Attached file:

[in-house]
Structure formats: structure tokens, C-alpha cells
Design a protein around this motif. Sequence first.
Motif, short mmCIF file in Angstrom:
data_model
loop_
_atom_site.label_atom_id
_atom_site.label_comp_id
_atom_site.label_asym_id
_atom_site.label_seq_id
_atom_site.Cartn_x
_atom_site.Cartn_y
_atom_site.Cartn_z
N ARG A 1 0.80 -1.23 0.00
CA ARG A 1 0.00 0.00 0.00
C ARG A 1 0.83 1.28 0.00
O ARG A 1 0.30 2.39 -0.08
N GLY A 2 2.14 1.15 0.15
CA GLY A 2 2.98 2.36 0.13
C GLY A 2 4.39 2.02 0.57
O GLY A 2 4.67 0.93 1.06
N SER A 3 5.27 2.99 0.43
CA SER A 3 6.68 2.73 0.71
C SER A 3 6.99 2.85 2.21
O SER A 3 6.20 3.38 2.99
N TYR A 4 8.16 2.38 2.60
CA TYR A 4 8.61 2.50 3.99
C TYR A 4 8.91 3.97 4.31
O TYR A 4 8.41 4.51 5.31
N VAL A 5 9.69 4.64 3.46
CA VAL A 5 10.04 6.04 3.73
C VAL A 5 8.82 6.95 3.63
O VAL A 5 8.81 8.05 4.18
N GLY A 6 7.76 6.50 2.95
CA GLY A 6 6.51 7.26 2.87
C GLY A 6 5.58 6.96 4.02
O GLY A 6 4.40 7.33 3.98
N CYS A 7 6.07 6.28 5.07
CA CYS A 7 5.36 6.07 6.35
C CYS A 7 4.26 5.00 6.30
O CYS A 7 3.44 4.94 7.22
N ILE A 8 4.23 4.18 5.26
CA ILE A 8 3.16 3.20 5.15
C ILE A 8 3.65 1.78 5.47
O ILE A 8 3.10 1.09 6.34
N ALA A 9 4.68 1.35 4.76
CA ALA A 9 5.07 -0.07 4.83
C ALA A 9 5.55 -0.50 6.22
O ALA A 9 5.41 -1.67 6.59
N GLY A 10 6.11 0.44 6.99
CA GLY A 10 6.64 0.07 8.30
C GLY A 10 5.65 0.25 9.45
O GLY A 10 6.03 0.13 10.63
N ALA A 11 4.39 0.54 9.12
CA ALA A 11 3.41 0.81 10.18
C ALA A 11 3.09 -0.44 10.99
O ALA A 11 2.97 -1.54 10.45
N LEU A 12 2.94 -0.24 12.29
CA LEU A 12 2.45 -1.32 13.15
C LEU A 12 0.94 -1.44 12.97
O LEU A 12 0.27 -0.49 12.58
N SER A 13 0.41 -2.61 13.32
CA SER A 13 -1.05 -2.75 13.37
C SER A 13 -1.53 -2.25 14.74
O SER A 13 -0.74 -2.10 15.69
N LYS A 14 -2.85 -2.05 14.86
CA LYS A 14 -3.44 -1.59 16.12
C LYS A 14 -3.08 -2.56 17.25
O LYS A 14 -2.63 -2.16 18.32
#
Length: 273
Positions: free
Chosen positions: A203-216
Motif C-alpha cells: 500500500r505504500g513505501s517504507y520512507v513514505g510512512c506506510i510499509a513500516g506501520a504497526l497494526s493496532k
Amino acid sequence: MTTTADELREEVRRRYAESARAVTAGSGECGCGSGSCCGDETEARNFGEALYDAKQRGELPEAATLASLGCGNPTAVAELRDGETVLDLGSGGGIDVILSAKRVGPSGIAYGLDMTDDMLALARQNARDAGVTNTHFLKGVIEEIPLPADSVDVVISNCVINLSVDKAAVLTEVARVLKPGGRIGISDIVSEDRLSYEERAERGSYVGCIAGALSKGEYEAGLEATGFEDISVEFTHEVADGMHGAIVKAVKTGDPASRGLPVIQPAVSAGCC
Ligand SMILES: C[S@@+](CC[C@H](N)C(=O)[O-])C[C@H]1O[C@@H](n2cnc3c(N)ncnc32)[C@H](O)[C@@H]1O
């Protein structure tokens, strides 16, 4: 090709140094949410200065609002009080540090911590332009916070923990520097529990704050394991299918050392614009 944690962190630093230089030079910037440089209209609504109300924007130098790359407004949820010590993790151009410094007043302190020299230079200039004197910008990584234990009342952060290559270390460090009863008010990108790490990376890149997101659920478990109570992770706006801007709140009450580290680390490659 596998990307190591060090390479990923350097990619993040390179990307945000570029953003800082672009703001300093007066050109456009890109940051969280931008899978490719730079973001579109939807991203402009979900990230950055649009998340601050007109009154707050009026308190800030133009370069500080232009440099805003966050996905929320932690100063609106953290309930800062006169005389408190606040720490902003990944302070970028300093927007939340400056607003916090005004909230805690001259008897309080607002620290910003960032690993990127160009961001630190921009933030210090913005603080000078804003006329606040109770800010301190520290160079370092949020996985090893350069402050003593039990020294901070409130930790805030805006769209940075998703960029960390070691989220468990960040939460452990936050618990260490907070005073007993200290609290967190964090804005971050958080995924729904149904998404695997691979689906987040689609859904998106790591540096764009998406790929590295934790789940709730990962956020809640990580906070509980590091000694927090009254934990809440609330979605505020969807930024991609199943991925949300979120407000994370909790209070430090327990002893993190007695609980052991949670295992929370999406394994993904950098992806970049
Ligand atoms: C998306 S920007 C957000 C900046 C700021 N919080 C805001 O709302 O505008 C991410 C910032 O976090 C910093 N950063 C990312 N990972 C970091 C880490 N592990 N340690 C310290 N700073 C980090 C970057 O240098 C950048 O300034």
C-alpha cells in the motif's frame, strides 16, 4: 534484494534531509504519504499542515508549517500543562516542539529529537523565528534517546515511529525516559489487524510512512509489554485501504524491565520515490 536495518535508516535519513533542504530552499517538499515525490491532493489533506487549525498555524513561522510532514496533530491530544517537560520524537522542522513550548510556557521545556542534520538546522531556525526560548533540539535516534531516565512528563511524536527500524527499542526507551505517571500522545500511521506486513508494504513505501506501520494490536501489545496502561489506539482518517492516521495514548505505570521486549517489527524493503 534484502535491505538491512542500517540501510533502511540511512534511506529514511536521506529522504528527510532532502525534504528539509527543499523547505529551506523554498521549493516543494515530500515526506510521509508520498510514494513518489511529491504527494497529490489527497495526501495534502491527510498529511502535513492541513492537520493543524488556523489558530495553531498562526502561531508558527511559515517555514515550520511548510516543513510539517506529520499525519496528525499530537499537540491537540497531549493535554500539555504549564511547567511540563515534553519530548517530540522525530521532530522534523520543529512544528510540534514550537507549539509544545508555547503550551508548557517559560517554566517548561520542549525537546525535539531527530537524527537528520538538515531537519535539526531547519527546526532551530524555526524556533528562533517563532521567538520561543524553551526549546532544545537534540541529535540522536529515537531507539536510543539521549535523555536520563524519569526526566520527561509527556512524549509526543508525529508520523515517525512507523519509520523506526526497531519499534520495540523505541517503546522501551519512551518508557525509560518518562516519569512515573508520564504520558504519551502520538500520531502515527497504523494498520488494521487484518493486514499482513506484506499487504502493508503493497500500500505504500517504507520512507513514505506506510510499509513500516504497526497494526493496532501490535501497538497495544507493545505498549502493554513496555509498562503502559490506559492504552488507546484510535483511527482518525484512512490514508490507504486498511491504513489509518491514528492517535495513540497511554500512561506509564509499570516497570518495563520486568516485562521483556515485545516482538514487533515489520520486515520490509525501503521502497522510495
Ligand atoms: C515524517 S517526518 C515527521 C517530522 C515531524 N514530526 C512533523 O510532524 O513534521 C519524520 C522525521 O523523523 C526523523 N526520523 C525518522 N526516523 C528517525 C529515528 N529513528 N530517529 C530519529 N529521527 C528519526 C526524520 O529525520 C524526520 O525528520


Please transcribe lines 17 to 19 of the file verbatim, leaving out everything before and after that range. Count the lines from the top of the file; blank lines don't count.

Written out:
O ARG A 1 0.30 2.39 -0.08
N GLY A 2 2.14 1.15 0.15
CA GLY A 2 2.98 2.36 0.13